HomeMediaRolls-Royce unveils Boat Tail and new Coachbuild program

Rolls-Royce unveils Boat Tail and new Coachbuild program

‘A return to the very roots of our brand,’ proclaims the automaker's chief executive


Rolls-Royce is bringing back the coachbuilt era of luxury automobiles, and is bringing it in house, unveiling the Rolls-Royce “Boat Tail” and announcing that Rolls-Royce Coachbuild has become a permanent fixture in the company’s business plan.

“Today marks a seminal moment for the House of Rolls-Royce,” company chief executive Torsten Müller-Ötvös is quoted. “We are proud to unveil Rolls-Royce Boat Tail to the world, and with it, the confirmation of coachbuilding as a permanent fixture within our future portfolio. 

“Historically, coachbuilding had been an integral part of the Rolls-Royce story. In the contemporary Rolls-Royce narrative, it has informed our guiding philosophy of Bespoke. But it is so much more.  

“Rolls-Royce Coachbuild is a return to the very roots of our brand.  It represents an opportunity for the select few to participate in the creation of utterly unique and truly personal commissions of future historical significance.”

The unveiling of the Boat Tail, Müller-Ötvös explained, is the culmination of a four-year collaboration with three clients, who have been “intimately and personally involved at each step of the creative and engineering process.” 

“Only the House of Rolls-Royce can offer its Coachbuild clients the inimitable opportunity to commission a product of future historical significance, that is as fundamentally unique as they are – and then participate in every detail of its creation,” he claimed. “This is authentic luxury. This is contemporary patronage in its truest form. This is Rolls-Royce Coachbuild.”

The company notes that its program provides “a counterpoint” to what it calls the “industrialized luxury” offered by other brands. 

Rolls-Royce experimented with coachbuilding in 2017 when it unveiled the Sweptail, a one-off commission believed to have cost the client $13 million.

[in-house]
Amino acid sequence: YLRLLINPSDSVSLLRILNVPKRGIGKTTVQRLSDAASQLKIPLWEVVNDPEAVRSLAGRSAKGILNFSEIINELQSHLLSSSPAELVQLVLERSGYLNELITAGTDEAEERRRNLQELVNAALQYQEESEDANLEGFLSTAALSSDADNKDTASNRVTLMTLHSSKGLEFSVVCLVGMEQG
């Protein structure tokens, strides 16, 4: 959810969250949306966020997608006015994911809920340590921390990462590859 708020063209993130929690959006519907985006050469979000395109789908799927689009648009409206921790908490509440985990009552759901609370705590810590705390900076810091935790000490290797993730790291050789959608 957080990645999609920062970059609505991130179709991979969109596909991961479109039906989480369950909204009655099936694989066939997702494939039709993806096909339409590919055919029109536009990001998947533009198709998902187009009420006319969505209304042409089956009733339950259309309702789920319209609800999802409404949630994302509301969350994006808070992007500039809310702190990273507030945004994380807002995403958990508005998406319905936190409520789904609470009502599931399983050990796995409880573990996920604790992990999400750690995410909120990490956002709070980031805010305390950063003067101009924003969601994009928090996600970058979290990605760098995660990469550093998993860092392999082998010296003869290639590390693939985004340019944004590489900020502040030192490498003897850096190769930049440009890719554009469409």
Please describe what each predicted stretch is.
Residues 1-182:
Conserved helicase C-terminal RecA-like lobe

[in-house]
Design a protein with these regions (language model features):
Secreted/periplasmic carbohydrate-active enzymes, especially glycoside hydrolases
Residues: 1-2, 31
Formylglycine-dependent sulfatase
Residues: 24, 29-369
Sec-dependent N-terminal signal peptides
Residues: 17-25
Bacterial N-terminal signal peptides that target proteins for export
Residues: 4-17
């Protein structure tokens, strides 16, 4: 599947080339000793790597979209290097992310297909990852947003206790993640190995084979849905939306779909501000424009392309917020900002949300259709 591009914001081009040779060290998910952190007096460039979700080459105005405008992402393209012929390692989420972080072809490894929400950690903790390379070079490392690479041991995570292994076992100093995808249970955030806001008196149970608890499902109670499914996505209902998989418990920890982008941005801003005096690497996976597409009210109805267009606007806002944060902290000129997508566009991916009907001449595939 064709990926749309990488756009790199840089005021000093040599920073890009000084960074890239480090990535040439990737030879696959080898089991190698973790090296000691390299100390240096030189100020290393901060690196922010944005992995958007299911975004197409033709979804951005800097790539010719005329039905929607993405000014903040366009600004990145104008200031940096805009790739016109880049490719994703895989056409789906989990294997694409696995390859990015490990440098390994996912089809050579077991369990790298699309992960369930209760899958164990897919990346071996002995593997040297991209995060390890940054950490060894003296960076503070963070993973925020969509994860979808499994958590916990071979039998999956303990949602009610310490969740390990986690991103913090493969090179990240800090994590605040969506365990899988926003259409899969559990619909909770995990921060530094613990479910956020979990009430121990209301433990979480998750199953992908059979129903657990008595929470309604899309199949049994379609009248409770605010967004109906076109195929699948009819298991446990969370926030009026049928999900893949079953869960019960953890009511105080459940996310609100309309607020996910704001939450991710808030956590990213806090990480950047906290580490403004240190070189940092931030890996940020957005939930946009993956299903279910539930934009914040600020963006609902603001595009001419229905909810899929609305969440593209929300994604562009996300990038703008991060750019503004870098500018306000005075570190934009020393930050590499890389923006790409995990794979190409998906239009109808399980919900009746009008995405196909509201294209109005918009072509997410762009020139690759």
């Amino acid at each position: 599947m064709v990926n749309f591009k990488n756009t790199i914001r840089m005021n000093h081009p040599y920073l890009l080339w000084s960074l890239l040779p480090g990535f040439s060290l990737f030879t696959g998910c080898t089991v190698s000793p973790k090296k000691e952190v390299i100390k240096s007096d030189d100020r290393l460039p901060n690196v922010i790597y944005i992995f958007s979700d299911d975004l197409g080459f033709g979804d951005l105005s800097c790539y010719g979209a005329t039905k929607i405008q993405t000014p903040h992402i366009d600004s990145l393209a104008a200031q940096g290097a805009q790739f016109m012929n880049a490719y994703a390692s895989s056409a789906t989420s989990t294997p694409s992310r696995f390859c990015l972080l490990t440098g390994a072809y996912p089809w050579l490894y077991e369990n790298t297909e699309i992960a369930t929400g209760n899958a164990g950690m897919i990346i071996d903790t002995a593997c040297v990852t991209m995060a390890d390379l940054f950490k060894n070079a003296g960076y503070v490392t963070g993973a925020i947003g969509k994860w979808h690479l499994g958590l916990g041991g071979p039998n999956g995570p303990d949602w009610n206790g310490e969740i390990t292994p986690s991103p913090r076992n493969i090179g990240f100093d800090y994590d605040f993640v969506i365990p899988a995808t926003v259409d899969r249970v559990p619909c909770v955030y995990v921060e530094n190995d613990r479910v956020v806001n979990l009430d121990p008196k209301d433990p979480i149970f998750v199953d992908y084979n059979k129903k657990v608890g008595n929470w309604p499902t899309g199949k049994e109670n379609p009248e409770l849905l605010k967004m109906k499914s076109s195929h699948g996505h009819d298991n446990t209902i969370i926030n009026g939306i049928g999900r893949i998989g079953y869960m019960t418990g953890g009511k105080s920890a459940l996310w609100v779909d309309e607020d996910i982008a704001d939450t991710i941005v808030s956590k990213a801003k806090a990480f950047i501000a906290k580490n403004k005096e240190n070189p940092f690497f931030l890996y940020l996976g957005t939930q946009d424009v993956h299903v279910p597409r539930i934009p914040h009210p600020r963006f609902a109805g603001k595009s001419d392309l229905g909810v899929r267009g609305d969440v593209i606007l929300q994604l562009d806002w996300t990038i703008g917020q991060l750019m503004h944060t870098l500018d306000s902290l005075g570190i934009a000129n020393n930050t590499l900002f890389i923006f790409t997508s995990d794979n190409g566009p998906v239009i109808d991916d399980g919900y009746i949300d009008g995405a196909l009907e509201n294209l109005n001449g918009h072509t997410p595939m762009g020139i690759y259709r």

In unveiling the Boat Tail, of which three will be created, Rolls-Royce said the clients “shared a deep appreciation of contemporary nautical design. J-Class yachts were often referenced as points of inspiration, both for their purity of form and their requirement for hand craftsmanship at the highest level to will them into existence.”

While there are three vehicles that share a common body, each car has been individually personalized, the company said.

The cars show a new treatment of the Rolls-Royce grille and lights, a nautical profile — with a “progressive negative sculpture in the lower bodyside” designed as a historical reference to running boards — and an “aft deck.” 

There, butterfly panels covered in Caleidolegno veneer open to reveal the “hosting suite” shaded by a parasol and containing a refrigerator and accoutrements necessary for al fresco dining.

For more on the Boat Tail, visit the Rolls-Royce website.

Larry Edsall
Larry Edsall
A former daily newspaper sports editor, Larry Edsall spent a dozen years as an editor at AutoWeek magazine before making the transition to writing for the web and becoming the author of more than 15 automotive books. In addition to being founding editor at, Larry has written for The New York Times and The Detroit News and was an adjunct honors professor at the Walter Cronkite School of Journalism and Mass Communication at Arizona State University.


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